No lights but road to take toll

Gurgaon-Faridabad road, which is likely to be inaugurated in April, does not have provision for streetlights, making it dangerous for motorists.

india Updated: Mar 23, 2012 00:59 IST
Dhananjay Jha
Dhananjay Jha
Hindustan Times

It’s touted as a blessing for commuters travelling between Gurgaon and Faridabad. But the 24-km Gurgaon-Faridabad Road —which is expected to be commissioned as a toll road by April — transforms into a dangerous stretch at night. Reason: There are no streetlights.

Shockingly enough, Reliance Infrastructure Limited, the concessionaire, which constructed the 4-lane road — from Bristol Chowk in Gurgaon to T-point at Sector 49 in Faridabad — has no plans whatsoever to install street lights along the stretch, as lighting was not part of its pact with the Haryana government.

However, the concessionaire firm, which is currently installing reflectors and other arrow signs at curves and T-junctions, said it will install six high mast lights, but only at vulnerable locations.

“We have so far identified six vulnerable spots. We will provide high mast lights there and proper signs will also be put in place,” said an official in the concessionaire.

The road with many twist and turns and sharp curves remains a dark patch, making it dangerous for commuters travelling in the evening hours. Adding to the woes, the commuters frequenting between the two Haryana cities would have to pay for their travel on this spiral road meandering through the Aravalies. Moreover, there is heavy movement of trucks loaded with building materials.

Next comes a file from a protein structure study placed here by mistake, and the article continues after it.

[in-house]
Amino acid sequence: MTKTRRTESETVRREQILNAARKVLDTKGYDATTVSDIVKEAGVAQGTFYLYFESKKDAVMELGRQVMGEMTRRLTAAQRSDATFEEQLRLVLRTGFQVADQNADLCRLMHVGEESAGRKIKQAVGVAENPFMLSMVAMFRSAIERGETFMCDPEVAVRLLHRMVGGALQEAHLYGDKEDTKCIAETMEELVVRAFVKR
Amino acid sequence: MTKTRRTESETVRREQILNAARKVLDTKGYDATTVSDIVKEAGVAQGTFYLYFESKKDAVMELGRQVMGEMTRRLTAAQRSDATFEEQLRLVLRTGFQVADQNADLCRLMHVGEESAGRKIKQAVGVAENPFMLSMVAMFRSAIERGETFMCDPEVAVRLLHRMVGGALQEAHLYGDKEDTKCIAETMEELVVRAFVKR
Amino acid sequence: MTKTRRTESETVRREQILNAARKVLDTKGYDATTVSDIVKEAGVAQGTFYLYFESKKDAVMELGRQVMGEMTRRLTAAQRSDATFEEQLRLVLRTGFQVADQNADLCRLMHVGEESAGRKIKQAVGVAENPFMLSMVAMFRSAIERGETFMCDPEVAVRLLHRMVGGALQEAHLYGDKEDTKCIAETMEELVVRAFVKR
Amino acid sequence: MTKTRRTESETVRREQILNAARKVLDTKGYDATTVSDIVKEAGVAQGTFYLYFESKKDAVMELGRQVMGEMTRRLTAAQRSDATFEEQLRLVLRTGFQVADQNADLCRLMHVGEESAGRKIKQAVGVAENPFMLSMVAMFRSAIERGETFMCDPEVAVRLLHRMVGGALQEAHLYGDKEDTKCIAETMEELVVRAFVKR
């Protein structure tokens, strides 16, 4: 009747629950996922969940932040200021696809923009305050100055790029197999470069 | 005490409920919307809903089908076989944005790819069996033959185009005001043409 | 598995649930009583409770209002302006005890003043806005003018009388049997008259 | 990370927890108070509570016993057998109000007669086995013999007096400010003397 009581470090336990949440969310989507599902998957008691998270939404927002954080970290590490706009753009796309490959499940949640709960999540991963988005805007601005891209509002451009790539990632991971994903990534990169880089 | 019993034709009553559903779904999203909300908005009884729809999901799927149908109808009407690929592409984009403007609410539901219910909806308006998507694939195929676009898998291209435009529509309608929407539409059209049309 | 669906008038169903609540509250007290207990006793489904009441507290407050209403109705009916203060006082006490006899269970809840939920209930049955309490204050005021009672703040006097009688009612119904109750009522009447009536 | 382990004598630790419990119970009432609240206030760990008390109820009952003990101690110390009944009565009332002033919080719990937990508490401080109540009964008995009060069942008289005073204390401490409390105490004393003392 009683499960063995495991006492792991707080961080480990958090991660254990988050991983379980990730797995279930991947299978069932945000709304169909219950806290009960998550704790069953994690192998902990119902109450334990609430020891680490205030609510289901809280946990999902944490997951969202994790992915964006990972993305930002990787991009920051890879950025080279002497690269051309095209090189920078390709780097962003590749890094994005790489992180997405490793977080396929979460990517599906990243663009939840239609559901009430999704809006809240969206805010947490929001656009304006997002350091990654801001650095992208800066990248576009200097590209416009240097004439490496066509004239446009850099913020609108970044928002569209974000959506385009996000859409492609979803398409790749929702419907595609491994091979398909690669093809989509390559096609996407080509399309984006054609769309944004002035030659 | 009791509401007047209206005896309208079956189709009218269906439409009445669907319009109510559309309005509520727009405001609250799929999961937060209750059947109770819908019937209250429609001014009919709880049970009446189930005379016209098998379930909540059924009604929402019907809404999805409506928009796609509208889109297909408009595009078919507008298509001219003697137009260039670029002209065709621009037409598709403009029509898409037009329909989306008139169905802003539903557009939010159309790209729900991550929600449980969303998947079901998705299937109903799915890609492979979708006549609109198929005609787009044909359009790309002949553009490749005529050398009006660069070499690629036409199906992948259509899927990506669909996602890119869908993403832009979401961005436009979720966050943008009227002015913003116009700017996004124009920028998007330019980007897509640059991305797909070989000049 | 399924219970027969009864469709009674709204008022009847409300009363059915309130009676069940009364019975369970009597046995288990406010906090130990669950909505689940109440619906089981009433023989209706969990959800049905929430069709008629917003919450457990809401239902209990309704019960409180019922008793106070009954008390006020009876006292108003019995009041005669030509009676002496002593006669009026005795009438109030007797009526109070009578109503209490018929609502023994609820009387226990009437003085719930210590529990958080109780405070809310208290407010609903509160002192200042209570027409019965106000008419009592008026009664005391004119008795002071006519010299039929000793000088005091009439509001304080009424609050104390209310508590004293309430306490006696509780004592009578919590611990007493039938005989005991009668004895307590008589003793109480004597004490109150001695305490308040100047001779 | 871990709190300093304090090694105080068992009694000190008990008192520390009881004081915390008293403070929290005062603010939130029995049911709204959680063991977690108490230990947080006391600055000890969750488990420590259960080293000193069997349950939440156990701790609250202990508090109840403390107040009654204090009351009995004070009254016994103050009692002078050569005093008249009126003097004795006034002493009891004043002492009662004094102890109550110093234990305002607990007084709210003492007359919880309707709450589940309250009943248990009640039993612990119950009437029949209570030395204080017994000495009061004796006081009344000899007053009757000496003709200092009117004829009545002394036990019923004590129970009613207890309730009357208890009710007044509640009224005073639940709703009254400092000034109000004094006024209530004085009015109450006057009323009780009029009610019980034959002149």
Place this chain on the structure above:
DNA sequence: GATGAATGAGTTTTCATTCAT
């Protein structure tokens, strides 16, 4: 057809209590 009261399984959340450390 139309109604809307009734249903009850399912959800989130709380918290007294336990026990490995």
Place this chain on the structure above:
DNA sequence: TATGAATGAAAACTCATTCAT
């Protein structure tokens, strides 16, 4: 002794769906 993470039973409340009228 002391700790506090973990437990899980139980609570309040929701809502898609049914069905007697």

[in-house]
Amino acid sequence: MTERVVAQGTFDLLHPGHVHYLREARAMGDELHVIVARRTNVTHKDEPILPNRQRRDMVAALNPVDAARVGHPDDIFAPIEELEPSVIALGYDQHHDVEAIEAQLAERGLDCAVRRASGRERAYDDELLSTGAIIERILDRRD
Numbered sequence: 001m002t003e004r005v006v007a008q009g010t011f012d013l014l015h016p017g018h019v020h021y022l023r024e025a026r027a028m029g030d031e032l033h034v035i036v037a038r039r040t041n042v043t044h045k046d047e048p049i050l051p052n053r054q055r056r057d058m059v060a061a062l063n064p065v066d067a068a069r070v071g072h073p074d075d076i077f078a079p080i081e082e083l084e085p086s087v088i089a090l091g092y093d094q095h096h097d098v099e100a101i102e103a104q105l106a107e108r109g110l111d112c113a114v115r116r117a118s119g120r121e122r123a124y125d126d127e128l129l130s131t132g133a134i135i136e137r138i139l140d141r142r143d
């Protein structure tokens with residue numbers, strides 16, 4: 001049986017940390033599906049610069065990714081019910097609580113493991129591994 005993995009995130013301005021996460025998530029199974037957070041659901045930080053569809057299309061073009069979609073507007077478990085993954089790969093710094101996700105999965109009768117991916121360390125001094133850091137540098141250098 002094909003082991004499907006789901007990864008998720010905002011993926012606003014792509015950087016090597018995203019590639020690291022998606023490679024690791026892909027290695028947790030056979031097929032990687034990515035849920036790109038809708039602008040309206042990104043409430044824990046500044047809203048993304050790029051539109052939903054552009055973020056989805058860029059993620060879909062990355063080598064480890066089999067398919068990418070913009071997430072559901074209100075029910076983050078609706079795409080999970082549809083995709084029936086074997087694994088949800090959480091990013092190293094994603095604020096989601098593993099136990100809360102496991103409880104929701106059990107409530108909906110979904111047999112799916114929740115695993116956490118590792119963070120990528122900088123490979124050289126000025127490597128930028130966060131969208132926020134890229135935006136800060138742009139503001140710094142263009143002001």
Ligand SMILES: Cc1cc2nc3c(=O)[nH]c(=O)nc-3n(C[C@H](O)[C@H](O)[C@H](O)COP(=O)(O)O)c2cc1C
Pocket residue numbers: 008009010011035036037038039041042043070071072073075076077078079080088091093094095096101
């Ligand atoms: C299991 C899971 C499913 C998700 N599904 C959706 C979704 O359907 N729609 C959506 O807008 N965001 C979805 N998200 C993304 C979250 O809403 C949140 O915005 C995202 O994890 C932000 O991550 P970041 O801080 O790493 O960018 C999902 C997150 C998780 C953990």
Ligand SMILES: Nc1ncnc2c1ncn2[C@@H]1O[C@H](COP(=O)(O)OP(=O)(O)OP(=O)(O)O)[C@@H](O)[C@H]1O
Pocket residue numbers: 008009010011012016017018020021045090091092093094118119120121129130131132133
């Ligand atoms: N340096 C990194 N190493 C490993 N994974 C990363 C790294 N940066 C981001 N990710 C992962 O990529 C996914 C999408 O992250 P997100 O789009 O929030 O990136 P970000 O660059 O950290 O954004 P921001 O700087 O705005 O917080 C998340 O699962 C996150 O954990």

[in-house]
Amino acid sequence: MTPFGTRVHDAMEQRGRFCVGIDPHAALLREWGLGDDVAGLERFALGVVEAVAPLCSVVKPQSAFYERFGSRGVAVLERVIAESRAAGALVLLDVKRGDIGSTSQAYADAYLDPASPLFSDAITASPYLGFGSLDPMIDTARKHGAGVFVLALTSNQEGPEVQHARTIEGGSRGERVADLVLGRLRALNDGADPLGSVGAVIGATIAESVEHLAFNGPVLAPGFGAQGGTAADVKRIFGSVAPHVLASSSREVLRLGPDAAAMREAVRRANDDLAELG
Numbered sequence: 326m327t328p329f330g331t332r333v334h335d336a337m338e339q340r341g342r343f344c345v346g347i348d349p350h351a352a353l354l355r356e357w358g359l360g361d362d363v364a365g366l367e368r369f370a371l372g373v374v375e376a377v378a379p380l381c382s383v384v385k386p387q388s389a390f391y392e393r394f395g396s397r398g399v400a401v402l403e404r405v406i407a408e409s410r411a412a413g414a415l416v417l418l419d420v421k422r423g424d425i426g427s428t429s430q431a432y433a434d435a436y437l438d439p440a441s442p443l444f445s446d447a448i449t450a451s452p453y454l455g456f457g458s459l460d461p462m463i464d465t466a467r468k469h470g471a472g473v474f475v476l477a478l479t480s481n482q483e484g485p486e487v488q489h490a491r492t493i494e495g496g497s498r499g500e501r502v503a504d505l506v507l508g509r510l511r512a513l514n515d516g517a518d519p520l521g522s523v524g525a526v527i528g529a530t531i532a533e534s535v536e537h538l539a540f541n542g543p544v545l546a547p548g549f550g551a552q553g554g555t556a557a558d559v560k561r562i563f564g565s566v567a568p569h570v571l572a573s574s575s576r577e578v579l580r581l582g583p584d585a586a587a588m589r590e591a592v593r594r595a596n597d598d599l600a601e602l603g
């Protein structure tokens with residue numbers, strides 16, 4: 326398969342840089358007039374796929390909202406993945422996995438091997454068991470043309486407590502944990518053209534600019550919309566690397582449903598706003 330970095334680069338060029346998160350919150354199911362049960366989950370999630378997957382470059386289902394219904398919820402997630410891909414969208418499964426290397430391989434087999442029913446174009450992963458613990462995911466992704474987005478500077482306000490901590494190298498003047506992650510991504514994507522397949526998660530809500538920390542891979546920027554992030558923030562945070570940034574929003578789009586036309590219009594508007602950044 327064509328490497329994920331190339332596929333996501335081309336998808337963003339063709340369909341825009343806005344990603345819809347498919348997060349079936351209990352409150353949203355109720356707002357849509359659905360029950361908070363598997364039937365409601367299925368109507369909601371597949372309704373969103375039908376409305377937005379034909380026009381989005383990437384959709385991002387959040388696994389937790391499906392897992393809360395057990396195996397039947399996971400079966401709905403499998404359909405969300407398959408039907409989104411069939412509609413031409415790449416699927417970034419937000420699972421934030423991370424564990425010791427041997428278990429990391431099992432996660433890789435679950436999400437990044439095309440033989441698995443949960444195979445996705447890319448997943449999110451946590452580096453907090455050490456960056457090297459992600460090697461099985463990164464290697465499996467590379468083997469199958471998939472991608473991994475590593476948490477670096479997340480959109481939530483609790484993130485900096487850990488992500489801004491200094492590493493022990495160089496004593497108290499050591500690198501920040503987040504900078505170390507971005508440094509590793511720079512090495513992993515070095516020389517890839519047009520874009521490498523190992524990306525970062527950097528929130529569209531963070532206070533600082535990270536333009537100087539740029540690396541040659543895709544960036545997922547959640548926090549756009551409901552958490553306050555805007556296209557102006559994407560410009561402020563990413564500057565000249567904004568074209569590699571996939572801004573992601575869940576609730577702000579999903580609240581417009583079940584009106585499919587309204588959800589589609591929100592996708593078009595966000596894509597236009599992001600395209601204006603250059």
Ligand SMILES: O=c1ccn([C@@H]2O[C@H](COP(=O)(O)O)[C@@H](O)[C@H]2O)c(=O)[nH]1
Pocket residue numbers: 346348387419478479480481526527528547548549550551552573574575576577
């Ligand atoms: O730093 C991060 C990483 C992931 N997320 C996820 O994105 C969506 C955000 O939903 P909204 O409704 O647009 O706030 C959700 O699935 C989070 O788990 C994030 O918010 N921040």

Meanwhile, the concessionaire firm has sought permission from the Haryana government to collect toll from March 25 after which the stretch can be thrown open commercially.

“I have been travelling frequently to-and-fro Faridabad. In the night, commuting through sharp curves without light is frightening. I have seen accidents and also killing of innocent wild animals at curves by speedy vehicles,” said S Oberoi, a resident of Gurgaon.

“The government should have made provisions for proper lighting on the road, dominated by trucks loaded with building material, as there are a number of crusher zones along the road,” Oberoi said.

Final touches are being given to the road in the form of signages on sharp turns, installations of reflectors, bus shelters at accident-prone junctions.

First Published: Mar 23, 2012 00:58 IST